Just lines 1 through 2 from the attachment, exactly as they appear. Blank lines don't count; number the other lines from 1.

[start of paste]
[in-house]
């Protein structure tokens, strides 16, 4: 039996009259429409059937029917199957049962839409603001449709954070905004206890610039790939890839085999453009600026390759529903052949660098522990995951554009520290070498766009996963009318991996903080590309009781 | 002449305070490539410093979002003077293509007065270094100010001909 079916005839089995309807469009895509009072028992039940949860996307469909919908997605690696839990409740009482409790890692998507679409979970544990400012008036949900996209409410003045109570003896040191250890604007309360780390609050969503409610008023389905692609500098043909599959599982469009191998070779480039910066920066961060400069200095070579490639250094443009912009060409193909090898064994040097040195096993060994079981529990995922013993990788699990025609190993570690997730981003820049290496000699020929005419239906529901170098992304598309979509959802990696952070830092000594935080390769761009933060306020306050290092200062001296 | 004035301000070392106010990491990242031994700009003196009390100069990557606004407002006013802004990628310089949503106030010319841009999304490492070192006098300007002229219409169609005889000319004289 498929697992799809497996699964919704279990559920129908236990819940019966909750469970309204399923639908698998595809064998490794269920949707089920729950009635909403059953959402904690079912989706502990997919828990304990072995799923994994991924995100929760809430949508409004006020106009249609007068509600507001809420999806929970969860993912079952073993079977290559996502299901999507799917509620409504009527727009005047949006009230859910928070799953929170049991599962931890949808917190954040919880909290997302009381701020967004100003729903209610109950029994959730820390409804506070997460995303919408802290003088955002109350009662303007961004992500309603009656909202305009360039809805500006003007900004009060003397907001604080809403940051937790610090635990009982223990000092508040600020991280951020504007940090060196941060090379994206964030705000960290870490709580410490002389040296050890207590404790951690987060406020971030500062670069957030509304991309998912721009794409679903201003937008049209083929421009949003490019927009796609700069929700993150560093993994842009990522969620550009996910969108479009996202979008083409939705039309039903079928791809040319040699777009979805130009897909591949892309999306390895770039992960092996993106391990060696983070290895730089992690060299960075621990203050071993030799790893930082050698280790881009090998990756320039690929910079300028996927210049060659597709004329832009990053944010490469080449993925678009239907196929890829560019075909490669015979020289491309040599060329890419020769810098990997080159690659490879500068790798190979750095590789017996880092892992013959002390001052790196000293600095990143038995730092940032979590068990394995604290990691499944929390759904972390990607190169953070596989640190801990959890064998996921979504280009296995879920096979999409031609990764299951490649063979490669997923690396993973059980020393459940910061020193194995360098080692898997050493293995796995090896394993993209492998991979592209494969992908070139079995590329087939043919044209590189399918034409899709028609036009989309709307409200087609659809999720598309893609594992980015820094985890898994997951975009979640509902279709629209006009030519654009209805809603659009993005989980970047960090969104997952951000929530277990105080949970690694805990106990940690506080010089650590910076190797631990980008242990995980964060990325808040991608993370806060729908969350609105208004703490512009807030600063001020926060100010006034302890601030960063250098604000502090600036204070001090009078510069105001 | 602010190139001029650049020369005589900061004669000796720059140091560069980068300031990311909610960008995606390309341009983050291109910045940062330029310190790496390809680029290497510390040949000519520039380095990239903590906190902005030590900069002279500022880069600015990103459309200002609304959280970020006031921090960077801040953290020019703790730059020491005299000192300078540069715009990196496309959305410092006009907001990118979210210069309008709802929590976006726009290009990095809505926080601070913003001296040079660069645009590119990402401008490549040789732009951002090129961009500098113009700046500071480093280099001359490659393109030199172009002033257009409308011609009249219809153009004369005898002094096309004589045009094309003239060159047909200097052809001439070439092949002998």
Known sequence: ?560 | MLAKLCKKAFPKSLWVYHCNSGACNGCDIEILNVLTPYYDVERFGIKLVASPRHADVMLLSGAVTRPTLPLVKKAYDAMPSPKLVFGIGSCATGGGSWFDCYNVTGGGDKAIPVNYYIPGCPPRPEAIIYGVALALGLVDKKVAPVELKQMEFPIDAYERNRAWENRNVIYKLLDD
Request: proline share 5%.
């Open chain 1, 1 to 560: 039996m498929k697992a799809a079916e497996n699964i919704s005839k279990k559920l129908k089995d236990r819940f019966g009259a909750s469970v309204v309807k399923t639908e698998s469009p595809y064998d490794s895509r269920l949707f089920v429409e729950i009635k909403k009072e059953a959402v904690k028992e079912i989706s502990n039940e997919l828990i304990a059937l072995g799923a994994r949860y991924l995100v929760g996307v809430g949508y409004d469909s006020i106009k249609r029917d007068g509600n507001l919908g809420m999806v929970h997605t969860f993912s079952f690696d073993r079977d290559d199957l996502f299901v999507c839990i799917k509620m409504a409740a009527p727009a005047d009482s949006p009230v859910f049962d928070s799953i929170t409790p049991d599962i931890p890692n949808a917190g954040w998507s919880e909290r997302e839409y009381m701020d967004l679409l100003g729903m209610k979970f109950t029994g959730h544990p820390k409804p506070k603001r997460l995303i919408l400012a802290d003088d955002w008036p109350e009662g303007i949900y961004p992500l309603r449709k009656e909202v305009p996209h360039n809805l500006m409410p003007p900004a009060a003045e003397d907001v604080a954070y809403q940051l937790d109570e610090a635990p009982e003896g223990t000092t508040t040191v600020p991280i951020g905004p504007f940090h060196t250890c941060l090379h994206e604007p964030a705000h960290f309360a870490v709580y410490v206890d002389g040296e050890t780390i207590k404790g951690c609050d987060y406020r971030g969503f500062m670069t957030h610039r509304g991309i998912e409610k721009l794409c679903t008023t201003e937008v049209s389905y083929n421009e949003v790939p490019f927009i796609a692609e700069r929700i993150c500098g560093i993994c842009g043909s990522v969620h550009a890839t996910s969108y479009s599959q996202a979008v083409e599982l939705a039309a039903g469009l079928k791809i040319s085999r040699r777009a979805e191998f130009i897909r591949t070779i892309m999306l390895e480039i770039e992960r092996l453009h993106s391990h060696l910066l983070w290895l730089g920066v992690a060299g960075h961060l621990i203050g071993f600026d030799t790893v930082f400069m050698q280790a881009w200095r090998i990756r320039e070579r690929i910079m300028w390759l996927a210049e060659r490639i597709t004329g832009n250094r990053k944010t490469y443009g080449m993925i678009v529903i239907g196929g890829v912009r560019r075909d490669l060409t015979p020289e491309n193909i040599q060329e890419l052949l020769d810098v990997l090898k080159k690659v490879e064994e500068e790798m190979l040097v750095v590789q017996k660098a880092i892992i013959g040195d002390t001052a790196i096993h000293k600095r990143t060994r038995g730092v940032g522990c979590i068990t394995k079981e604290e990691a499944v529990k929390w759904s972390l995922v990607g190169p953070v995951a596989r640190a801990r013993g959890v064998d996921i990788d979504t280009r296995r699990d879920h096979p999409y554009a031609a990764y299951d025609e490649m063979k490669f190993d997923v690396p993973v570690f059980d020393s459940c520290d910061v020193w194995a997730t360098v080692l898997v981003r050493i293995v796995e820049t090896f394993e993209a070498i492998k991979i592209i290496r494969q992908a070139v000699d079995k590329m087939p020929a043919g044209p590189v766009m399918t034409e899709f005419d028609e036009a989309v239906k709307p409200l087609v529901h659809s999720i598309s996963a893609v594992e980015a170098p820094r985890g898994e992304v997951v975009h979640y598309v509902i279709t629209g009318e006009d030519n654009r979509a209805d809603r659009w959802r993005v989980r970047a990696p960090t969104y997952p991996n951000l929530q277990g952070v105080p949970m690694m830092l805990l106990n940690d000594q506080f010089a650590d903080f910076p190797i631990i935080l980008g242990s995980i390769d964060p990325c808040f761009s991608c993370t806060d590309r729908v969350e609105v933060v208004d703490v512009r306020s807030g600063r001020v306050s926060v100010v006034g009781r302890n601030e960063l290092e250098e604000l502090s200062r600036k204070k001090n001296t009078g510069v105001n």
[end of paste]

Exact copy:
[in-house]
């Protein structure tokens, strides 16, 4: 039996009259429409059937029917199957049962839409603001449709954070905004206890610039790939890839085999453009600026390759529903052949660098522990995951554009520290070498766009996963009318991996903080590309009781 | 002449305070490539410093979002003077293509007065270094100010001909 079916005839089995309807469009895509009072028992039940949860996307469909919908997605690696839990409740009482409790890692998507679409979970544990400012008036949900996209409410003045109570003896040191250890604007309360780390609050969503409610008023389905692609500098043909599959599982469009191998070779480039910066920066961060400069200095070579490639250094443009912009060409193909090898064994040097040195096993060994079981529990995922013993990788699990025609190993570690997730981003820049290496000699020929005419239906529901170098992304598309979509959802990696952070830092000594935080390769761009933060306020306050290092200062001296 | 004035301000070392106010990491990242031994700009003196009390100069990557606004407002006013802004990628310089949503106030010319841009999304490492070192006098300007002229219409169609005889000319004289 498929697992799809497996699964919704279990559920129908236990819940019966909750469970309204399923639908698998595809064998490794269920949707089920729950009635909403059953959402904690079912989706502990997919828990304990072995799923994994991924995100929760809430949508409004006020106009249609007068509600507001809420999806929970969860993912079952073993079977290559996502299901999507799917509620409504009527727009005047949006009230859910928070799953929170049991599962931890949808917190954040919880909290997302009381701020967004100003729903209610109950029994959730820390409804506070997460995303919408802290003088955002109350009662303007961004992500309603009656909202305009360039809805500006003007900004009060003397907001604080809403940051937790610090635990009982223990000092508040600020991280951020504007940090060196941060090379994206964030705000960290870490709580410490002389040296050890207590404790951690987060406020971030500062670069957030509304991309998912721009794409679903201003937008049209083929421009949003490019927009796609700069929700993150560093993994842009990522969620550009996910969108479009996202979008083409939705039309039903079928791809040319040699777009979805130009897909591949892309999306390895770039992960092996993106391990060696983070290895730089992690060299960075621990203050071993030799790893930082050698280790881009090998990756320039690929910079300028996927210049060659597709004329832009990053944010490469080449993925678009239907196929890829560019075909490669015979020289491309040599060329890419020769810098990997080159690659490879500068790798190979750095590789017996880092892992013959002390001052790196000293600095990143038995730092940032979590068990394995604290990691499944929390759904972390990607190169953070596989640190801990959890064998996921979504280009296995879920096979999409031609990764299951490649063979490669997923690396993973059980020393459940910061020193194995360098080692898997050493293995796995090896394993993209492998991979592209494969992908070139079995590329087939043919044209590189399918034409899709028609036009989309709307409200087609659809999720598309893609594992980015820094985890898994997951975009979640509902279709629209006009030519654009209805809603659009993005989980970047960090969104997952951000929530277990105080949970690694805990106990940690506080010089650590910076190797631990980008242990995980964060990325808040991608993370806060729908969350609105208004703490512009807030600063001020926060100010006034302890601030960063250098604000502090600036204070001090009078510069105001 | 602010190139001029650049020369005589900061004669000796720059140091560069980068300031990311909610960008995606390309341009983050291109910045940062330029310190790496390809680029290497510390040949000519520039380095990239903590906190902005030590900069002279500022880069600015990103459309200002609304959280970020006031921090960077801040953290020019703790730059020491005299000192300078540069715009990196496309959305410092006009907001990118979210210069309008709802929590976006726009290009990095809505926080601070913003001296040079660069645009590119990402401008490549040789732009951002090129961009500098113009700046500071480093280099001359490659393109030199172009002033257009409308011609009249219809153009004369005898002094096309004589045009094309003239060159047909200097052809001439070439092949002998």